2.55pm - by TONY STICKLEY
A jury has this afternoon found the parents of baby Caleb Moorhead guilty of manslaughter.
Deborah Anne Moorhead, aged 34, and Roby Jan Moorhead, 45, both of Dargaville, were found guilty of the manslaughter of 6-month-old Caleb by failing to provide the necessaries of life for three months before the boy died on March 29 last year.
The jury of seven women and four men retired to consider their verdict at 11.20am today in the High Court at Auckland.
The couple were denied bail and remanded in custody for sentence until June 13. Justice Rhys Harrison said it was a serious offence and a jail term of more than two years was justified for both parents.
In summing up at the end of the trial this morning, Justice Harrison posed the question would reasonable and careful parents use a sick child to test their faith in God.
The Moorheads are Seventh Day Adventists and vegans, abstaining from eating fish, meat and dairy products.
Despite the parents receiving numerous warnings, Caleb died from broncho-pneumonia due to vitamin B12 deficiency which could have been easily treated.
Instead of allowing a simple injection of vitamin B12, the couple took the boy from Starship Hospital and went into hiding from the authorities.
They administered a variety of herbal remedies including smearing garlic on the soles of his feet.
In his summing up, Justice Harrison said there was uncontested evidence that the couple had been told that without treatment the boy would die.
In their video interviews with police the couple said they saw the issue as a test of faith.
Mr Moorhead had said that use of conventional medicine was non-negotiable and he would not compromise his beliefs.
He was looking at the long term when he would be re-united in heaven with Caleb.
But Justice Harrison asked the jury whether careful parents would use a sick child as a testing ground for their faith in God.
And would a reasonable parent, observing the continual deterioration in Caleb's health, have failed on a day-to-day basis for three months to obtain medical attention for the boy?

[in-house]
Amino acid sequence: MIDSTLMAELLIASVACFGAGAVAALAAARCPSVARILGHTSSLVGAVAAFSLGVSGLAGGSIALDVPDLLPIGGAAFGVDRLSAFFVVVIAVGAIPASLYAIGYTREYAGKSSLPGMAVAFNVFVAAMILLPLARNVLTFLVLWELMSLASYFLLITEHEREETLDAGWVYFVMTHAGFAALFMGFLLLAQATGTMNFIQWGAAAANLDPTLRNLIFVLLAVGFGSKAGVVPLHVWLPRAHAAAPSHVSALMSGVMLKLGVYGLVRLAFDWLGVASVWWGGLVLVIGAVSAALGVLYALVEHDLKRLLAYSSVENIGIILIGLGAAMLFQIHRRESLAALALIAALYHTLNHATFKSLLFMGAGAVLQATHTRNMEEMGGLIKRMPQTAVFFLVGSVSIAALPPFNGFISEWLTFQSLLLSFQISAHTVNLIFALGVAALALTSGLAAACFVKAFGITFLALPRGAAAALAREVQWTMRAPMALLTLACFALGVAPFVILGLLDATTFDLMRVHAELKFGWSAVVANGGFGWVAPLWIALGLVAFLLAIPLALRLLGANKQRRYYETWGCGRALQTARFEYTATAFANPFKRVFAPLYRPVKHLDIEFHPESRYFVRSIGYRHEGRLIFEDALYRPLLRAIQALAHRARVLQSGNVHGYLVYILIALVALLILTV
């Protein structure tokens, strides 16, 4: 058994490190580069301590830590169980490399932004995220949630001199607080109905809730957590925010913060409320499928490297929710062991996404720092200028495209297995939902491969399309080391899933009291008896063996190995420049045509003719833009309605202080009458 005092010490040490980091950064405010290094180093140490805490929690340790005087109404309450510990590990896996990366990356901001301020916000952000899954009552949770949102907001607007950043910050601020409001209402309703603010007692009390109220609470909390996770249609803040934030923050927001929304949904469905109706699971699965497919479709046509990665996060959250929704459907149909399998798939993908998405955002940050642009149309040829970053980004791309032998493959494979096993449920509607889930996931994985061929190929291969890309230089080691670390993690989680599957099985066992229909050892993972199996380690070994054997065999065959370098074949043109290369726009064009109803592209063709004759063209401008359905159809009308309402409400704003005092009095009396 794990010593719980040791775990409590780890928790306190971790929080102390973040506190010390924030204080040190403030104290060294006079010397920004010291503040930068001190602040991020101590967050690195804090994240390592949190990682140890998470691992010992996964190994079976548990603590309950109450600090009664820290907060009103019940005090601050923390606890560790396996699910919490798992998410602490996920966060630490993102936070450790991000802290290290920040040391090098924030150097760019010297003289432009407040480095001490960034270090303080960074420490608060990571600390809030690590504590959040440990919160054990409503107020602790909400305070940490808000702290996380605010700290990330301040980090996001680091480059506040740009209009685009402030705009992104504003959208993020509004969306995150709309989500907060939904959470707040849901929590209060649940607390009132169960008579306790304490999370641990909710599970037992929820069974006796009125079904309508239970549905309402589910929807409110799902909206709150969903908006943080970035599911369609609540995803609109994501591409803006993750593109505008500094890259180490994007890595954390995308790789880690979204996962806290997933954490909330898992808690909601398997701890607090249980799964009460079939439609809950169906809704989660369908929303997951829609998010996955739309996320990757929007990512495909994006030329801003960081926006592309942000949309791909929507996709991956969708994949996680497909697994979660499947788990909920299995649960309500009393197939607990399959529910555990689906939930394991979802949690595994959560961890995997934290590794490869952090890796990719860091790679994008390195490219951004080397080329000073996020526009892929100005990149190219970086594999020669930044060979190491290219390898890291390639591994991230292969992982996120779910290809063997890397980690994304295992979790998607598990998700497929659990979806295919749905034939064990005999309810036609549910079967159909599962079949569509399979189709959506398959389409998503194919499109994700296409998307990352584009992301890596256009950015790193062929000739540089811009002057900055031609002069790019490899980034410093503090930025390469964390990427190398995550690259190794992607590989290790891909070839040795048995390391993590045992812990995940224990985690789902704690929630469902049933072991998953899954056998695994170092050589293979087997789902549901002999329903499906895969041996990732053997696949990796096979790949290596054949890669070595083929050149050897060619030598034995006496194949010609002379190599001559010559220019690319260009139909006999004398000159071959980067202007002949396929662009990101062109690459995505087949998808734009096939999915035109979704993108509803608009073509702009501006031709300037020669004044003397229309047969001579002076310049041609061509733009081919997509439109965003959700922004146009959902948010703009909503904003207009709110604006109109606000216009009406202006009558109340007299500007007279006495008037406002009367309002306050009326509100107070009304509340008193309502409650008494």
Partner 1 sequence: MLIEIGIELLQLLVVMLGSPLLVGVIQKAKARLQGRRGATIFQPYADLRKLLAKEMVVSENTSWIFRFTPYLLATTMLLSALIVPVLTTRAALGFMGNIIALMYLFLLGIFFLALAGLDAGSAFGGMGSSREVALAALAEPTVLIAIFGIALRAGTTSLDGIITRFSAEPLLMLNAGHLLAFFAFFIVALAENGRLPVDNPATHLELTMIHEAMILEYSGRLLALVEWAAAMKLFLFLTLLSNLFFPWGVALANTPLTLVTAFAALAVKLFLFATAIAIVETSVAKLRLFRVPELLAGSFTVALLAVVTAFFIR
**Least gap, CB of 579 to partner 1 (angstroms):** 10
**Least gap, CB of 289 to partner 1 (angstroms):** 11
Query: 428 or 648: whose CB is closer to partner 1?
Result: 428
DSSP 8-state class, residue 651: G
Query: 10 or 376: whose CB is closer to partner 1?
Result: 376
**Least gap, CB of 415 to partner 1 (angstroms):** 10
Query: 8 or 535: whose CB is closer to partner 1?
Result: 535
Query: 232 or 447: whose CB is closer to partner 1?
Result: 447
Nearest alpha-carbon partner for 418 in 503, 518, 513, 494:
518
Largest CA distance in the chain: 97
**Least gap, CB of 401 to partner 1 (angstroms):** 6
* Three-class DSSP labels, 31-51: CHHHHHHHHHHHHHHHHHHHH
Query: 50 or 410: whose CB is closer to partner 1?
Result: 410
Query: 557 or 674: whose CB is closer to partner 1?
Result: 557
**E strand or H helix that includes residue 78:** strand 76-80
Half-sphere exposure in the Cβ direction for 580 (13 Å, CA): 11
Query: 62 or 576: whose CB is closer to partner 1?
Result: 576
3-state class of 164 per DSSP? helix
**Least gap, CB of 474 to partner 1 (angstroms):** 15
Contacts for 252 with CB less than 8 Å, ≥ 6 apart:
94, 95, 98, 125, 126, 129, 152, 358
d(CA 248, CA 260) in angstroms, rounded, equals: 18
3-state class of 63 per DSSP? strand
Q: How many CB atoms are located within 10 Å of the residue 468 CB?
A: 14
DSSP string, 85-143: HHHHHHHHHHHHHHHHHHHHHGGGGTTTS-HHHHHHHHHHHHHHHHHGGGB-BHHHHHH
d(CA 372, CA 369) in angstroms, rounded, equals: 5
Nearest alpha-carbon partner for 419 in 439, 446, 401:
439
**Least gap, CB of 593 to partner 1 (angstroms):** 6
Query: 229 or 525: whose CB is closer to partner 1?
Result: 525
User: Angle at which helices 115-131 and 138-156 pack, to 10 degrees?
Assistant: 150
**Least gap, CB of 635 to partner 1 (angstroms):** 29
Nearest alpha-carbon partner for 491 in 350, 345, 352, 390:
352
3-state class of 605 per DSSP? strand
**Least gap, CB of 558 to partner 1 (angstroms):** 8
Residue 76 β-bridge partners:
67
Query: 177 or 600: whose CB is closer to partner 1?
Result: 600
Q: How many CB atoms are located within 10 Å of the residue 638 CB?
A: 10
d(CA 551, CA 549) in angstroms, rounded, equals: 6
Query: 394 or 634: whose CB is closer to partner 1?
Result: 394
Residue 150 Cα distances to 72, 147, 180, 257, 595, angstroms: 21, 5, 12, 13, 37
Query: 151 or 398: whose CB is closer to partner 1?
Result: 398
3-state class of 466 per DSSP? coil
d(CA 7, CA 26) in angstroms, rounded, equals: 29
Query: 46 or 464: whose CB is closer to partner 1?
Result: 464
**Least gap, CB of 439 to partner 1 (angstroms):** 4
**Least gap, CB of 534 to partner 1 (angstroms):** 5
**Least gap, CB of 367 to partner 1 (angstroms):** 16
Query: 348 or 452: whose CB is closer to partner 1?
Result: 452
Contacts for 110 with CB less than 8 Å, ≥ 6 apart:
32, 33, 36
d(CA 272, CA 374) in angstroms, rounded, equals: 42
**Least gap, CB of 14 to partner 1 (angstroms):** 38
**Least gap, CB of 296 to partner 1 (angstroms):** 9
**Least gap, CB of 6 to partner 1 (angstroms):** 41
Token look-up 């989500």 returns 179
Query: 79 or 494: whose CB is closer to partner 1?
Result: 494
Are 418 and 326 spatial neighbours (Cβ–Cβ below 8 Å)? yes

The judge said that the parents owed Caleb a legal duty to provide the necessaries of life, including medical treatment.
Health professionals and others described the boy as lifeless, white as a sheet, strikingly pale, severely anaemic, and suffering severe malnutrition.
Mrs Moorhead's own health diary indicated that she was worried he might die.
"If you accept the evidence you may infer that Caleb's condition would have been obvious to anyone in regular contact with him, especially a parent," the judge told the jury.
Even up to half an hour before death, the jury had been told, Caleb could have been saved.
The judge told the jury to look at the boy's condition and what the parents could have done in order to decide whether they had made omissions to provide the necessaries of life.
The judge directed the jury that if there was an omission it was without lawful excuse. There was no basis, he said, on which the Moorheads could have had a lawful excuse.
Belief in the healing power of alternative remedies, or the healing power of God, or opposition to blood transfusions was not a lawful excuse for omitting to obtain medical treatment for a sick child.
The legislation applied to all parents equally and made no allowance for individual beliefs, whatever their basis.
In a question in cross-examination, Mrs Moorhead had asked whether there was a law against herbal remedies, but the judge told the jury that the question was irrelevant.
If there was an omission, the jury had to decide whether it was a major departure from the standard of care expected of a reasonable parent. It was for the jury to decide the standard, not the Moorheads.
The judge told the jury it was a matter for them but they might decide that a reasonable parent would be particularly careful about Caleb's medical treatment because of the vulnerability of his health.
He warned the jury that, just because the Moorheads had declined to make any opening or closing address or give or call evidence, they were not to speculate about what the couple might have said or try to rectify the perceived imbalance or look for a defence for the Moorheads when they themselves had not done so.
While they were entitled to say nothing, that was a deliberate choice on their part.
The jury might only have the Crown's version of events, but they were not to act as advocates for the accused.
The judge told the jury to put aside feelings of sympathy and prejudice, feelings of anger towards the Moorheads, and any attitudes they had to religion or alternative remedies.
2.55pm - by TONY STICKLEY